11.30.2009 0

The Public Option Endures

  • On: 12/21/2009 10:26:06
  • In: Health Care
  • By Robert Romano

    Senator Joe Lieberman should be ashamed of himself.

    He said he would not support a “public option.” But he did. He knows he did—and he’s hoping the American people don’t.

    Of course, to listen to the press coverage of Senate Majority Leader Harry Reid’s manager amendment, one would think that taxpayer-subsidized, government-run health care was no longer a part of the proposal.

    For example, reports TalkingPointsMemo.com, “The public option is dead. Its successors are dead.” Oh, really.

    Then, how is it that, so conspicuously in the Congressional Budget Office’s (CBO) cost estimate, there lays some $871 billion in taxpayer subsidies from insurance coverage provisions?

    Is this some kind of sick joke? Do Harry Reid and Barack Obama really think they can spend a trillion dollars over ten years on government-run health care—and then convince taxpayers that they are not doing so, simply by rhetorical tomfoolery and sleight of hand?

    Does it really matter if the taxpayer subsidies are funneled through insurance “exchanges” rather than monolithic bureaucracies? Did the public-private model serve Fannie Mae and Freddie Mac any better when they finally went bankrupt last year in the midst of the financial crisis?

    The answers to these questions are obvious enough. Whether through single-payer, co-ops, insurance “exchanges” or the like, taxpayers are going to be on the hook for a trillion dollars.

    As if the problem with the “public option” was a marketing difficulty to be surmounted by changing the name.

    The numbers don’t lie, although they tend to be understated. For example, the CBO writes that the net cost “reflects a gross total of $871 billion in subsidies provided through the exchanges, increased net outlays for Medicaid and the Children’s Health Insurance Program (CHIP), and tax credits for small employers; [but] those costs are partly offset by $149 billion in revenues from the excise tax on high-premium insurance plans and $108 billion in net savings from other sources.”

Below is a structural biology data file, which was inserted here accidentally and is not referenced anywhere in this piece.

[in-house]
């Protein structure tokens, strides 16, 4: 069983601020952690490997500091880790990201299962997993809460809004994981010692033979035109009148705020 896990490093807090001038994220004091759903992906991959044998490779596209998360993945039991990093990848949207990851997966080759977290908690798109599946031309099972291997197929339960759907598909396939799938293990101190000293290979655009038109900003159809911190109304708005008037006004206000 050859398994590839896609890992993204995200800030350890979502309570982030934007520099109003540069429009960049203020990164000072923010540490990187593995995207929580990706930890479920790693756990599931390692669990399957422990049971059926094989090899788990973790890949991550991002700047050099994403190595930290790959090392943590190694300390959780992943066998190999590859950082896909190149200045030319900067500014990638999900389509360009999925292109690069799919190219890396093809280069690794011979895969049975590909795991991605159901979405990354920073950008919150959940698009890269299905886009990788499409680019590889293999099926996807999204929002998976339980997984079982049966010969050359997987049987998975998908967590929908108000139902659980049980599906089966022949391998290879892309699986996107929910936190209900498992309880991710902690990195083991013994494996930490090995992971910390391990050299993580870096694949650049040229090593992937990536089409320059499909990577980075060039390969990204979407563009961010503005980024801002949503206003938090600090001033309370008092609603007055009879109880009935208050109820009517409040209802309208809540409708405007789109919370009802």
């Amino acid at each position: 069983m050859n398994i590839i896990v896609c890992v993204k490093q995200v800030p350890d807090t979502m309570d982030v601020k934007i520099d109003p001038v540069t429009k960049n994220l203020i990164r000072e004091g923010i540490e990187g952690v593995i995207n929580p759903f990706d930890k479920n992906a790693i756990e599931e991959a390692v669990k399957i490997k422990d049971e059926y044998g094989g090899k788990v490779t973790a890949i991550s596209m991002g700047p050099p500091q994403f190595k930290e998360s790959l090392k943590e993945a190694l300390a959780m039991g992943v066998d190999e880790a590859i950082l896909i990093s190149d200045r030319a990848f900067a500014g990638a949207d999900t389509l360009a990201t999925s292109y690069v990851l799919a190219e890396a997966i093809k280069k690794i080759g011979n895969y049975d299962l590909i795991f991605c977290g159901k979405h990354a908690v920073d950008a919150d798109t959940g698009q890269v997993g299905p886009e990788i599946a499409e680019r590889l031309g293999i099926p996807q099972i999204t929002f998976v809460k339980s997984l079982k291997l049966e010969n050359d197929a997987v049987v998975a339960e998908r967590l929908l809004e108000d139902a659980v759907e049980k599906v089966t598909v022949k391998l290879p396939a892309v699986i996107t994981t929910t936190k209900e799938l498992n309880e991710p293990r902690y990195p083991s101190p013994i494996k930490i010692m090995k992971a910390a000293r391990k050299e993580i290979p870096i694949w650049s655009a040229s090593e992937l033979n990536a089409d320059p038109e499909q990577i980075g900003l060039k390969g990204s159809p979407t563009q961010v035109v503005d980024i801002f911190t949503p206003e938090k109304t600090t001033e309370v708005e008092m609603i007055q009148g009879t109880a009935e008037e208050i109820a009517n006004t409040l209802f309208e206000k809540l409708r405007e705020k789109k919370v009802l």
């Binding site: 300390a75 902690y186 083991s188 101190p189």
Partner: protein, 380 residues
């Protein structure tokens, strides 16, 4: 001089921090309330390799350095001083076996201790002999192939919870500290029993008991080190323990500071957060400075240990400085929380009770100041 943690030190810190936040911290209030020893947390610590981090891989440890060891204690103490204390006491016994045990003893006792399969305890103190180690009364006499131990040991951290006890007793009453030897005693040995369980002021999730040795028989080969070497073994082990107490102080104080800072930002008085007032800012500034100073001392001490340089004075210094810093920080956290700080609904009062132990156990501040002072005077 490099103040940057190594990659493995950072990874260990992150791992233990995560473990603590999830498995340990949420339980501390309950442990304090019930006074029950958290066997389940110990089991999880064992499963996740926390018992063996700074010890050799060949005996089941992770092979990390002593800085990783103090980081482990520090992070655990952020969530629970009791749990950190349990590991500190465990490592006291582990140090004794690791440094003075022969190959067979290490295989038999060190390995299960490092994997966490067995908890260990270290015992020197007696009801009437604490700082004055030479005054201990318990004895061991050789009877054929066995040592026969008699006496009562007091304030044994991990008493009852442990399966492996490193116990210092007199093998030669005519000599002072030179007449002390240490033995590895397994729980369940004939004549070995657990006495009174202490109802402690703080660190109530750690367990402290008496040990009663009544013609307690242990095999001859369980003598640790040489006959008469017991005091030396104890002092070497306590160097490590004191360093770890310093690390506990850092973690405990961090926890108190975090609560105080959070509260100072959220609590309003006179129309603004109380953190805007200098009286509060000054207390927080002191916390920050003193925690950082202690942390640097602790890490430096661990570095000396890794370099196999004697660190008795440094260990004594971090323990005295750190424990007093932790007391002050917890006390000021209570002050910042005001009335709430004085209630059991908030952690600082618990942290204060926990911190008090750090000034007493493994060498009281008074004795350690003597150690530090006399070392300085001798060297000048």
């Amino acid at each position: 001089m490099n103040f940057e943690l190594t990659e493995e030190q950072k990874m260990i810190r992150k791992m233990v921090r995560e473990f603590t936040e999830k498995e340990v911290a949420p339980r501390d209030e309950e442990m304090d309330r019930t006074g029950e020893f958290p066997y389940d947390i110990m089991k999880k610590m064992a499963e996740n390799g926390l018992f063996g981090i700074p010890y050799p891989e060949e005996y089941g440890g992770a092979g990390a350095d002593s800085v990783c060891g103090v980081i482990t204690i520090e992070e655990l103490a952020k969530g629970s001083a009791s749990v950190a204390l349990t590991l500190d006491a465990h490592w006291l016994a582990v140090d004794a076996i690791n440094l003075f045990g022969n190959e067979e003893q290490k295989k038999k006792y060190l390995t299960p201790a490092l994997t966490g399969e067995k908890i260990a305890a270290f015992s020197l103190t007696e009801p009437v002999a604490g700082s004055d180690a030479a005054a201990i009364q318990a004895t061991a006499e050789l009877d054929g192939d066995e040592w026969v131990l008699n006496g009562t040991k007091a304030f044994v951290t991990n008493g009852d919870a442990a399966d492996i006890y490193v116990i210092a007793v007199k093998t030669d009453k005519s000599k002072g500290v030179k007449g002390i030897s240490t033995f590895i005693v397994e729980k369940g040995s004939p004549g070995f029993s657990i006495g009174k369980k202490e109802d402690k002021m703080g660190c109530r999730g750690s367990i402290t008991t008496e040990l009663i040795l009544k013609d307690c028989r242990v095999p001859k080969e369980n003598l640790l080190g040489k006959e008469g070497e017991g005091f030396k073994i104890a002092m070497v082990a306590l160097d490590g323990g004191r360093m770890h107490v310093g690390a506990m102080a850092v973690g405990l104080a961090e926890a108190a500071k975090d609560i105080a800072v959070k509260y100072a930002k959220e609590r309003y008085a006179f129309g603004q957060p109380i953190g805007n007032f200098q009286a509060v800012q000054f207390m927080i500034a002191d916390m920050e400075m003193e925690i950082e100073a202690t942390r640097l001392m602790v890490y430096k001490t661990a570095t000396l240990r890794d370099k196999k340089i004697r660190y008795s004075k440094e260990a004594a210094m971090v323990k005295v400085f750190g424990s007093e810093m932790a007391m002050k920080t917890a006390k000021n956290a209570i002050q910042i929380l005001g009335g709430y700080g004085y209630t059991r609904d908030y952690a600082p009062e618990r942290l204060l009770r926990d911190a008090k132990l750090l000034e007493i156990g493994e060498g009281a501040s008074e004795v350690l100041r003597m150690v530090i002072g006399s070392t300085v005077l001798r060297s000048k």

And so, the CBO concludes, the cost of increasing subsidized health care is only $614 billion. How do they come to that conclusion? By including the $149 billion in revenues and $108 billion in “savings” in the same table labeled “net changes in the deficit from insurance coverage provisions.”

    Which is simply duplicitous. To discover the hidden cost of the insurance provisions, one has to read the following footnote to that controversial table: “Includes excise tax on high-premium insurance plans.” Really, the excise tax should have been included in the table clearly labeled, “net changes in the deficit from other provisions affecting revenues.”

    And, as a result, that table should have read that the bill increases taxes by $413 billion, not $264 billion.

    The high jinks do not stop there, however. The estimate claims that the bill “would yield a net reduction in federal deficits of $132 billion over the 2010-2019 period.”

    That is accurate, of course, only if one assumes the impossible that the $483 billion in proposed cuts to Medicare ever occur. By far the most unpopular provision has been the inevitable rationing of care away from seniors that would occur under the Congressional Democrat proposal.

    Of course, the only purpose of the phony “cuts” is to obtain a better score from CBO. The “cuts” are restored in concurrent legislation called the “doc-fix”.

    The result? The new “public option” will spend some $350 billion more than it takes in through revenues in its first ten years alone. And, the subsidized care provided through the exchanges will still create a state-run monopoly in the health insurance market, drive up premiums, muscle individuals out of their privately-provided care, deplete the public treasury, and once bankrupt, result in the rationing of medical treatment away from the American people, especially seniors.

    All of the goals of the Democrat-sponsored plan—reducing costs, slashing the deficit, expanding coverage, etc.—all fail, raising the question: Why?

    The only reason is that the stated goals are a ruse. And the real goal is ideological: to move America to a socialized single-payer health system that will cost trillions—one way or another.

    Senator Joe Lieberman had but one chance to stop this madness in the final cloture vote early this morning. If he had meant what he said that he did not support a “public option,” surely he would have agreed that $871 billion in taxpayer subsidies for health insurance is quite public.

    Instead, he voted along party lines in the monumental 60-40 vote.

    Changing the name and funneling the taxpayer dough through “exchanges” will not hide the facts—or his shame.

    Robert Romano is the ALG Senior News Editor.

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